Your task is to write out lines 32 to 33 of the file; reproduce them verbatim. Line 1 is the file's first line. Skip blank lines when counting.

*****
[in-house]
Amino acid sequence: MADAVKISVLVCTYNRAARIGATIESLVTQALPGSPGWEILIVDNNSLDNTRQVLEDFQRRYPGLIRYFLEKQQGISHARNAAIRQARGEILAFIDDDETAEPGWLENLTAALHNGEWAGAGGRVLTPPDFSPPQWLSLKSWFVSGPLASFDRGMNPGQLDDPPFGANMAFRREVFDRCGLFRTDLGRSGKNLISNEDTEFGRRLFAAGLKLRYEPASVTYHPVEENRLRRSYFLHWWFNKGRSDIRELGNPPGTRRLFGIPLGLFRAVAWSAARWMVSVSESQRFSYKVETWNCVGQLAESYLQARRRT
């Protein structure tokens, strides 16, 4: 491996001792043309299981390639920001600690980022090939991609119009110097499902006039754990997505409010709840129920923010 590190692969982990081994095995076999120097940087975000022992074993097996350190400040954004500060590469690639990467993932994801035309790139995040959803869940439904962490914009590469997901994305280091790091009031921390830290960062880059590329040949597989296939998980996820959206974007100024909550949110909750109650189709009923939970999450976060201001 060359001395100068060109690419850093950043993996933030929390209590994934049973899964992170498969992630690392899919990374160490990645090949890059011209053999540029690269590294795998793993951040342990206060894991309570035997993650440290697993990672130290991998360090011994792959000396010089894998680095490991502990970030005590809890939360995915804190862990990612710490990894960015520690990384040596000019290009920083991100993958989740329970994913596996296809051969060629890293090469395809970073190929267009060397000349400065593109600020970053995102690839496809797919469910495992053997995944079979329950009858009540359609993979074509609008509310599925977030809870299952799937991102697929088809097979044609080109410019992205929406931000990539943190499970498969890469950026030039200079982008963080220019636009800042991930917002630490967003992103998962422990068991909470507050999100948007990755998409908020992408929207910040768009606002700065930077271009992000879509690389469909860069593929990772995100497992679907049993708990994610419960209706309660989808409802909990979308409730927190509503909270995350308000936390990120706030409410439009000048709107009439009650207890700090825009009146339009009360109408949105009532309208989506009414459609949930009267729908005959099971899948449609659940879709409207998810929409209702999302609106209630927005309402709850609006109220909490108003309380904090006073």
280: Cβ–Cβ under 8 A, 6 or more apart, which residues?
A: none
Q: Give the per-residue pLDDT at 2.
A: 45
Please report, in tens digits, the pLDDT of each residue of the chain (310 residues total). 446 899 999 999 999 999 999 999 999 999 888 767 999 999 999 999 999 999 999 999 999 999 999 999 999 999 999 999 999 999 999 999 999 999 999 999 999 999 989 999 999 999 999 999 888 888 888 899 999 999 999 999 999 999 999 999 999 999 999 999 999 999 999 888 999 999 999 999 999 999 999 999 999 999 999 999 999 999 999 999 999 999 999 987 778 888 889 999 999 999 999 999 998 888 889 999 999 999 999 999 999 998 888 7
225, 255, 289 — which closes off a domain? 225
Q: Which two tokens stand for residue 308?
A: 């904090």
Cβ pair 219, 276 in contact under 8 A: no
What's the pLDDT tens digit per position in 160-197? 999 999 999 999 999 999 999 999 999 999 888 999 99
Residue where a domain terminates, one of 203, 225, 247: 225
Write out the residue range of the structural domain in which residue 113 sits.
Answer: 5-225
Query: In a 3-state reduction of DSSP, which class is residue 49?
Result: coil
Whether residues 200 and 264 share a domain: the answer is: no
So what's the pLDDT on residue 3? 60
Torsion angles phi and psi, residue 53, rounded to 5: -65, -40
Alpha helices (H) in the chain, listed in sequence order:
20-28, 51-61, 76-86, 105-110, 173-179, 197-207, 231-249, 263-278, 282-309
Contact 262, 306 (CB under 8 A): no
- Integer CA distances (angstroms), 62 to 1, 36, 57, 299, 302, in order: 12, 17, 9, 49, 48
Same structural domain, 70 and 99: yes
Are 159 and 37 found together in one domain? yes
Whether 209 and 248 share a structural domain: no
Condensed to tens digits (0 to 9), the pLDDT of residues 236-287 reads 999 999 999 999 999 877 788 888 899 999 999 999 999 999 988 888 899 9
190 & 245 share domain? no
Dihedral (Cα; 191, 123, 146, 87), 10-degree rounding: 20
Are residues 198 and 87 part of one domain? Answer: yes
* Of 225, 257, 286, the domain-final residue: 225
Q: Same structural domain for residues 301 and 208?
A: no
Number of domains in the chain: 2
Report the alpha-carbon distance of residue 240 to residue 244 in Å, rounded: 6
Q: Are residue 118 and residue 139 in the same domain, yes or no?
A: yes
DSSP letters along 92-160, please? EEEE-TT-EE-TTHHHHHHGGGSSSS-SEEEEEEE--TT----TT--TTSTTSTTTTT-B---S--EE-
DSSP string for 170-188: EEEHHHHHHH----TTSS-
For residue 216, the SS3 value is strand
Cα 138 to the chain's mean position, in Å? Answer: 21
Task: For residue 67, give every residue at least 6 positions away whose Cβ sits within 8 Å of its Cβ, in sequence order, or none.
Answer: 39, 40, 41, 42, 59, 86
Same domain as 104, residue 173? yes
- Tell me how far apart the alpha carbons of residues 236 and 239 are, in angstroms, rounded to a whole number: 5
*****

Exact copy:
Are residues 198 and 87 part of one domain? Answer: yes
* Of 225, 257, 286, the domain-final residue: 225